While Disney executives will declare publicly that they are happy with The Force Awakens box office results I am 100% sure that they are concerned about the next five movies they have planned. I agree with The Inquisitir article, the movies will be profitable, but they won’t be so loved that they drive fans to all the peripheral material—the toys, the books, and the games. There was always more money in the merchandise than there was in the movies but to get at it, Disney had to respect the mythology and not use political activism to change the nature of the product expecting people to stick with them regardless—just to see the Millennium Falcon fly through some trees and land in the snow. As a grown man I have several Star Wars t-shirts, many of them featuring the Millennium Falcon. I am considering making them into the type of shirts that I’d wear to work on a car to get dirty instead of being carefully pressed the way they were before seeing The Force Awakens. And I didn’t want to feel that way. I just do because Disney did not respect me as a fan so they destroyed their own market share because of it. And rather than gloat about it now I can only say that I feel sorry for the kids who won’t get to experience Star Wars the way George Lucas had designed it. The franchise has died and it is painful to see, because it didn’t have to happen. If only Disney had listened. I know I certainly did my part. CLICK THE LINKS ABOVE throughout this article to learn more.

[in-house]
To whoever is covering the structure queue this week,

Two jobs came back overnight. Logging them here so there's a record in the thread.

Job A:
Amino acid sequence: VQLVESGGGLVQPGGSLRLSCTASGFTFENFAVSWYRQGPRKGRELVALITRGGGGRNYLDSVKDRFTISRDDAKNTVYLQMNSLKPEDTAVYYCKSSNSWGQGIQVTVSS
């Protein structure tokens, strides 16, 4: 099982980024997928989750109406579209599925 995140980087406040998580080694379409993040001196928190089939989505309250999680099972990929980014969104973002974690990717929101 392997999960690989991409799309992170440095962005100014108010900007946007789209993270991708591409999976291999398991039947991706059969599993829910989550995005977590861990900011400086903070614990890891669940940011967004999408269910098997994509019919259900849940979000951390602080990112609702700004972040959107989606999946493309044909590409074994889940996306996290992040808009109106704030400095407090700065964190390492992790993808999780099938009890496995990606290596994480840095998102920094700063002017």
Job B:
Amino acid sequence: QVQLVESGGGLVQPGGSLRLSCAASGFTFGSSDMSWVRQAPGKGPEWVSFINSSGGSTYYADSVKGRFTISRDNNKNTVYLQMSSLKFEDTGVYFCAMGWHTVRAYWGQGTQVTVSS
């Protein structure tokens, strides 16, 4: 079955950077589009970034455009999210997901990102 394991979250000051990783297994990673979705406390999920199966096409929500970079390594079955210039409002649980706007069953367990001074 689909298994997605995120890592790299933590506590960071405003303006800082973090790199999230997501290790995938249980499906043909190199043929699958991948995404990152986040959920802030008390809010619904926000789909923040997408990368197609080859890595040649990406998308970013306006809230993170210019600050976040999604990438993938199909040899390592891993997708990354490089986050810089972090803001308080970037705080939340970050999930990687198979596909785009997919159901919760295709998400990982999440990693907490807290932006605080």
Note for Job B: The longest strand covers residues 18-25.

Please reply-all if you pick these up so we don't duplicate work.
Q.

Rich “Cliffhanger” Hoffman